- Dear Abby
- Games & Puzzles
- Events & Exhibits
- Food & Drink
- Arts & Music
- Movies & TV
Instead, it was: “What were they singing?”
The debate, the third and probably last forum in the Senate race, was marked by a pair of noisy disruptions that brought the on-stage action at the Garde Arts Center to a halt, each time while Sen. Joe Lieberman was speaking.
The hecklers, a pair of men from the LaRouche Youth Movement, sang a harmonized ode targeting Vice President Dick Cheney, which, according to the group's Web site, is unofficially titled “The Fat-Ass Nazi Song.”
The candidates were answering a question about their campaigns — what percentage of the information in their television ads is true — when Lieberman, who's running as an independent, chastised the Democratic candidate, Ned Lamont.
“If I were still attorney general of Connecticut, I would have sued you for unfair trade practices,” Lieberman said, adding that Lamont's ads “constantly distort” Lieberman's record and are filled with “lies.” A hearty round of boos and hissing greeted Lieberman, who put a finger to his lips and smiled at the audience.
The two men, sitting about halfway back on the floor level of the theater, interrupted the booing and surprised the crowd of about 1,000.
“Leeee-berman, don't support Dick Cheney/Che-ney is a fat ass Nazi,” they sang, in a marching verse that then seemed to transition into German.
Lamont said, “Stop,” and Lieberman, assuming the pair to be Lamont supporters, seized the chance to continue his point about negative campaigning. He told the two: “Your candidate, Ned Lamont, has asked you to stop.”
The men were escorted out, but the debate was interrupted again during Lieberman's closing statement, when what appeared to be the same two men started again from the balcony. This time, the singing continued even longer, until Schlesinger jumped up from his seat and shouted up to the balcony, “Show some respect to Senator Lieberman!”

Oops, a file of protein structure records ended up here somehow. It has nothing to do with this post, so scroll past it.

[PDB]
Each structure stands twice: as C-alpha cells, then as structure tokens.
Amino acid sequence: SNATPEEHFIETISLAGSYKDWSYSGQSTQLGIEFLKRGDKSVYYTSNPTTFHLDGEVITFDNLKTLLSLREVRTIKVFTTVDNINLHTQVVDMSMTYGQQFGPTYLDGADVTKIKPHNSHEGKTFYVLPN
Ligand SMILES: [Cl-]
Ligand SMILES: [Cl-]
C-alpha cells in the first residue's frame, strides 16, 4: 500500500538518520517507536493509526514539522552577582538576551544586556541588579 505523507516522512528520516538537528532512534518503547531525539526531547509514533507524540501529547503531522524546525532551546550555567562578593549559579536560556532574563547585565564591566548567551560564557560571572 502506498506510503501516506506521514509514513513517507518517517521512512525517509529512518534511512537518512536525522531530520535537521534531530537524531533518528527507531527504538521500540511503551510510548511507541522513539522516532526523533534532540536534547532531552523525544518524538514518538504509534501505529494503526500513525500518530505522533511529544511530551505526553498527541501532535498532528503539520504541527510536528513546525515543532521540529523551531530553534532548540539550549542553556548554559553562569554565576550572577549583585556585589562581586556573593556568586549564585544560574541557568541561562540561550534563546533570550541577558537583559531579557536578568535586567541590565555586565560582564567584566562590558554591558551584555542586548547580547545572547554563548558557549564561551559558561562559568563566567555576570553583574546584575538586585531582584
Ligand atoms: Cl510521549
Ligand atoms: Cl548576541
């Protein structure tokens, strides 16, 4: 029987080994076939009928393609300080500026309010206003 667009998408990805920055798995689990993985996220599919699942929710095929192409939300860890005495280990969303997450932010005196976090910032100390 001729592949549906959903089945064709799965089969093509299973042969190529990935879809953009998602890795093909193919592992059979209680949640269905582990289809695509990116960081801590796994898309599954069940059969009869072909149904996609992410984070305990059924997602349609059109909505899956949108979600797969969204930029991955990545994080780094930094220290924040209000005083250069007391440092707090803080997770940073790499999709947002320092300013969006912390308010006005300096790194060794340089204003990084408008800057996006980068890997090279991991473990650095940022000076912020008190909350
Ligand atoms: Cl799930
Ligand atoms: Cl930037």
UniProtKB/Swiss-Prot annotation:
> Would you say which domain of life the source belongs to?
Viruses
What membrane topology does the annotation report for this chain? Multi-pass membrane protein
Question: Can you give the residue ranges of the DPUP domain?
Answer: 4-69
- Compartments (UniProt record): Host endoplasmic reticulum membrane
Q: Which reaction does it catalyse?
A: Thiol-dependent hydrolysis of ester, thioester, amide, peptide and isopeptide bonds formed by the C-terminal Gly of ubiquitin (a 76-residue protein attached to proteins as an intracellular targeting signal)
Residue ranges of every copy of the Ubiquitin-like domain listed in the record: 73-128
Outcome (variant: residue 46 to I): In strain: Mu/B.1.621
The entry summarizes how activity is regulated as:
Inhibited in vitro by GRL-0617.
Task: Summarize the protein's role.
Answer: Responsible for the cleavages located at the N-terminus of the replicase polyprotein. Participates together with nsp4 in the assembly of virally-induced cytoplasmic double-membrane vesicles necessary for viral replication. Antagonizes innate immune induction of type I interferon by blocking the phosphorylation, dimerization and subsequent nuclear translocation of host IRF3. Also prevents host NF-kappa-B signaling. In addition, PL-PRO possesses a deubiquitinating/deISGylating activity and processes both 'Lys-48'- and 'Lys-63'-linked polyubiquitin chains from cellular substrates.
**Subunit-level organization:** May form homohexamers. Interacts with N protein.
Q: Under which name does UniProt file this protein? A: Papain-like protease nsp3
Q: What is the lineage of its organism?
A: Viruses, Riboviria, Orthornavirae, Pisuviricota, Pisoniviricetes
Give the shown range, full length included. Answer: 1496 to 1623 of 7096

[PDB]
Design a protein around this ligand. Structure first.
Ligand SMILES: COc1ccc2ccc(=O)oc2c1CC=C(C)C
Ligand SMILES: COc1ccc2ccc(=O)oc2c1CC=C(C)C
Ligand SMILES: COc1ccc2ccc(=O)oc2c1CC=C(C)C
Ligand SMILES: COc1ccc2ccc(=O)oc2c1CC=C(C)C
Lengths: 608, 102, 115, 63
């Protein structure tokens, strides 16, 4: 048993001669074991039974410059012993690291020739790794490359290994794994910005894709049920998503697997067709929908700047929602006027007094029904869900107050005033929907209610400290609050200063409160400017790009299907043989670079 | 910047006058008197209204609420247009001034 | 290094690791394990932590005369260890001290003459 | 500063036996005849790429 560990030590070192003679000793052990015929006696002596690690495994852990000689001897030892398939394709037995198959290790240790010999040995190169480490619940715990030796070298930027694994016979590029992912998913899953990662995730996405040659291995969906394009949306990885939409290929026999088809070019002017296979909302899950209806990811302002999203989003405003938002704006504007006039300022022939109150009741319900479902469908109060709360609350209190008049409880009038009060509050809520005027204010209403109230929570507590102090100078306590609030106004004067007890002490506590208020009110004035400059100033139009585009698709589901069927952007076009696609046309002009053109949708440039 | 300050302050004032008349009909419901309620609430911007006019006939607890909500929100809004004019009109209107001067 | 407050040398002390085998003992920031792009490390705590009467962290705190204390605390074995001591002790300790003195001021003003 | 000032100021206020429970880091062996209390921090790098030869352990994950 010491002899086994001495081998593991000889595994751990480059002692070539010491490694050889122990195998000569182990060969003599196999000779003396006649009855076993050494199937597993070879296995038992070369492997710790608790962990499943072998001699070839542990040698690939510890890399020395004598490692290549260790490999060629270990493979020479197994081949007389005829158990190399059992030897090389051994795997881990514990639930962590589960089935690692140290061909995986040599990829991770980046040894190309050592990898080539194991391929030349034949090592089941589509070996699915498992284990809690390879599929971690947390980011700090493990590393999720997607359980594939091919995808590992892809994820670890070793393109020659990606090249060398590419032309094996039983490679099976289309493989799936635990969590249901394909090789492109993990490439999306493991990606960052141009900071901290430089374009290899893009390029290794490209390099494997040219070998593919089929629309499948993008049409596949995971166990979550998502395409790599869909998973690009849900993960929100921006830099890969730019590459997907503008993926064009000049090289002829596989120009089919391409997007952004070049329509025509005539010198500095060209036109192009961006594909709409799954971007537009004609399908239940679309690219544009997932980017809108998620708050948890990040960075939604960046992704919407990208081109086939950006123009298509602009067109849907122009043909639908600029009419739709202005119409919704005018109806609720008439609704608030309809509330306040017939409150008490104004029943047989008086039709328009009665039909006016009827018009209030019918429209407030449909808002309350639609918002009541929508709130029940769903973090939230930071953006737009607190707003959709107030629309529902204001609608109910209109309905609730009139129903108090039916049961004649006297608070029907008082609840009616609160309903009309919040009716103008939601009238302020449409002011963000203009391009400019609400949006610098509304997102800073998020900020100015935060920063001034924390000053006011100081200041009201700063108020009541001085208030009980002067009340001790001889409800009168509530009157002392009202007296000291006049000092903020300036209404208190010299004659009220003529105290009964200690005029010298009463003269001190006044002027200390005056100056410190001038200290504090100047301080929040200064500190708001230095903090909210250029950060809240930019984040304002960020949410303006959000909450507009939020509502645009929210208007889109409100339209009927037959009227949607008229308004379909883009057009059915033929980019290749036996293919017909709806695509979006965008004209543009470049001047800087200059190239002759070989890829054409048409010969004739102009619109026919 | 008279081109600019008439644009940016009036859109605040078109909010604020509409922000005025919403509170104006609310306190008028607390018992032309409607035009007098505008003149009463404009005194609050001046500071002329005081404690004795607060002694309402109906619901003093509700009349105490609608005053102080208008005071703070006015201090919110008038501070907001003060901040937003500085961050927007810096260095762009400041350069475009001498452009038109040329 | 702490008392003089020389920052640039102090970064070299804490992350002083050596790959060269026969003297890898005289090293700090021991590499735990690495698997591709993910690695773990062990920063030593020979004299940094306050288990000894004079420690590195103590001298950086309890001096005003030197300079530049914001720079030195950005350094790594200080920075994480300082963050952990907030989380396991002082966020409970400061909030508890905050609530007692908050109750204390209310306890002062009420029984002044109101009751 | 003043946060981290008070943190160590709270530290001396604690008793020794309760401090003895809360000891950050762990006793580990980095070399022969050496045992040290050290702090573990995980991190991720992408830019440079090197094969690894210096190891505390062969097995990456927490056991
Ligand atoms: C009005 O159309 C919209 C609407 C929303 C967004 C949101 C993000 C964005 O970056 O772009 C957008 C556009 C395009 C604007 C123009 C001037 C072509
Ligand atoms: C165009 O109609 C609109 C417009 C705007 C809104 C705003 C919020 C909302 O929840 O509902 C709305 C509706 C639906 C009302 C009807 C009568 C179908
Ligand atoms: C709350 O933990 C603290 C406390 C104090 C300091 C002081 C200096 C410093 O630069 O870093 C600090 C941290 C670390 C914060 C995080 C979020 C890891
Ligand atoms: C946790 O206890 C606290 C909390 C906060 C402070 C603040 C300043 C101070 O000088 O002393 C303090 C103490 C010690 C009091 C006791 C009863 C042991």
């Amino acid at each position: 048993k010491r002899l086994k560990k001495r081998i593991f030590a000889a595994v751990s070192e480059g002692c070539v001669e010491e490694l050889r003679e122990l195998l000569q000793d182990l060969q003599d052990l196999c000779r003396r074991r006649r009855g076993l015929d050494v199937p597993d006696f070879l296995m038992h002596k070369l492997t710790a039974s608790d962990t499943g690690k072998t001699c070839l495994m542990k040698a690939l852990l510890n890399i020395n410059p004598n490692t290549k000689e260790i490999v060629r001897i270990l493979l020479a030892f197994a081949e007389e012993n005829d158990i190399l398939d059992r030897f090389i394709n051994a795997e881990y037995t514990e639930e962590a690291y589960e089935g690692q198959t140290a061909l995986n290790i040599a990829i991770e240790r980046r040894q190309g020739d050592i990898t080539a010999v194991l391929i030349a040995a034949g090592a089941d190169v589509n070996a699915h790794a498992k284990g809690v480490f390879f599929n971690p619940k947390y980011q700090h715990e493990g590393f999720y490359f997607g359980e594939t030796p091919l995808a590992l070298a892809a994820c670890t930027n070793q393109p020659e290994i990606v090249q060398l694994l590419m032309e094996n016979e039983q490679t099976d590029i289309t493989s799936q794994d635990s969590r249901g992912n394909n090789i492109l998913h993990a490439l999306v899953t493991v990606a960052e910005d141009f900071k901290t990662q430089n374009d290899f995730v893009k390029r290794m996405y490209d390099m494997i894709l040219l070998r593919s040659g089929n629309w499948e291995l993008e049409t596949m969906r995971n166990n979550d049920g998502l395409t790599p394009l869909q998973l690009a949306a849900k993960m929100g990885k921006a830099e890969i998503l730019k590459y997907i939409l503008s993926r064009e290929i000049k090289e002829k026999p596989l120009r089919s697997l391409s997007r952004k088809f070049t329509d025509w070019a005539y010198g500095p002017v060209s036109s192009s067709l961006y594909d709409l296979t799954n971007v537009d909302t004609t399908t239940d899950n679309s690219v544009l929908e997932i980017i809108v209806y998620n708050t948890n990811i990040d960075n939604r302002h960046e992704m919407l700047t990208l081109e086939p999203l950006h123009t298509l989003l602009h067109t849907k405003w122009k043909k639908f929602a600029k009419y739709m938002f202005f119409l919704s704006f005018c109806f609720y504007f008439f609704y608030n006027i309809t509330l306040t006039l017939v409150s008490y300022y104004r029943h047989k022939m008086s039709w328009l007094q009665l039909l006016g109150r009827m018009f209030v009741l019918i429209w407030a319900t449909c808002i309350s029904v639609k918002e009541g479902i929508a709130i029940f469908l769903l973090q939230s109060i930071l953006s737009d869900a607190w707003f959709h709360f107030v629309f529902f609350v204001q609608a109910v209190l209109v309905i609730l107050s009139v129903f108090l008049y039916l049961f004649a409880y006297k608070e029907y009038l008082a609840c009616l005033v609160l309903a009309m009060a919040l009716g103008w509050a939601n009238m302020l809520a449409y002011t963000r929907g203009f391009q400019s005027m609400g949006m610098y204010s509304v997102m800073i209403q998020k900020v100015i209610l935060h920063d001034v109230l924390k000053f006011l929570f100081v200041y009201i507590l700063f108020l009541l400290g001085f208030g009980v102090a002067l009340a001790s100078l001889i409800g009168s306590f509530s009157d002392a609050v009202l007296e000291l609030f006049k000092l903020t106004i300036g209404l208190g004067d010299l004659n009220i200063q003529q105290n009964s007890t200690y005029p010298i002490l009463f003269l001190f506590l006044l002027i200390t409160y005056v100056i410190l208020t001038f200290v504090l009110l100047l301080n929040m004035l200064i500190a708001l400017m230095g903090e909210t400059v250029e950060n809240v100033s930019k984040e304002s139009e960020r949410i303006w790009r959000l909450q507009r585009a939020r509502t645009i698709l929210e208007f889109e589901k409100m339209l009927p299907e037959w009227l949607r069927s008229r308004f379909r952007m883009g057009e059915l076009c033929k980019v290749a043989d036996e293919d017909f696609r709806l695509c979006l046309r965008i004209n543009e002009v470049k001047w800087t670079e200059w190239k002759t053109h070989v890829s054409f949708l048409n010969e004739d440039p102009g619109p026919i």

The LaRouche Youth Movement is a faction of a political action committee that supports Lyndon LaRouche, a perennial presidential candidate.
The rest of the debate featured familiar discussion on the central themes of the race: the Iraq war, Social Security, terrorism and health care.
Lamont reiterated the themes in his literature and television ads, thumping Lieberman for not asking “the tough questions” before the United States invaded Iraq and repeatedly linking Lieberman with Bush.
Lieberman, in turn, reprised his campaign theme — that Lamont would not serve as a bipartisan senator and was distorting Lieberman's record.
Schlesinger jabbed the other two for their bickering and the gobs of money spent on their campaigns.
The campaign is technically a five-man race, which also includes Green Party candidate Ralph Ferrucci and Concerned Citizens Party candidate Timothy Knibbs.
On troop withdrawal from Iraq, Lieberman described the first two points of his 10-point plan for success and suggested again that Secretary of Defense Donald H. Rumsfeld should be removed.
Schlesinger said Iraq needs a “tri-state alternative on the table” that divides Sunnis, Shiites and Kurds, and that sectarian violence would then recede and U.S. troops could leave.
Schlesinger said the fight on terrorism begins with illegal immigration, which he said “spearheads” terrorism. “Joe wants to give them amnesty, and Ned wants to give 'em scholarships,” he cracked.
Schlesinger asked the two other candidates to join him for another debate, and received a nod with applause from Lamont and a small nod from Lieberman.
The debate was sponsored by The Day and the Connecticut League of Women Voters and was broadcast by WTNH News Channel 8. George Stephanopoulos of ABC News moderated. Article UID=9df1b5f0-4ea4-42fc-a689-0be6fb129de7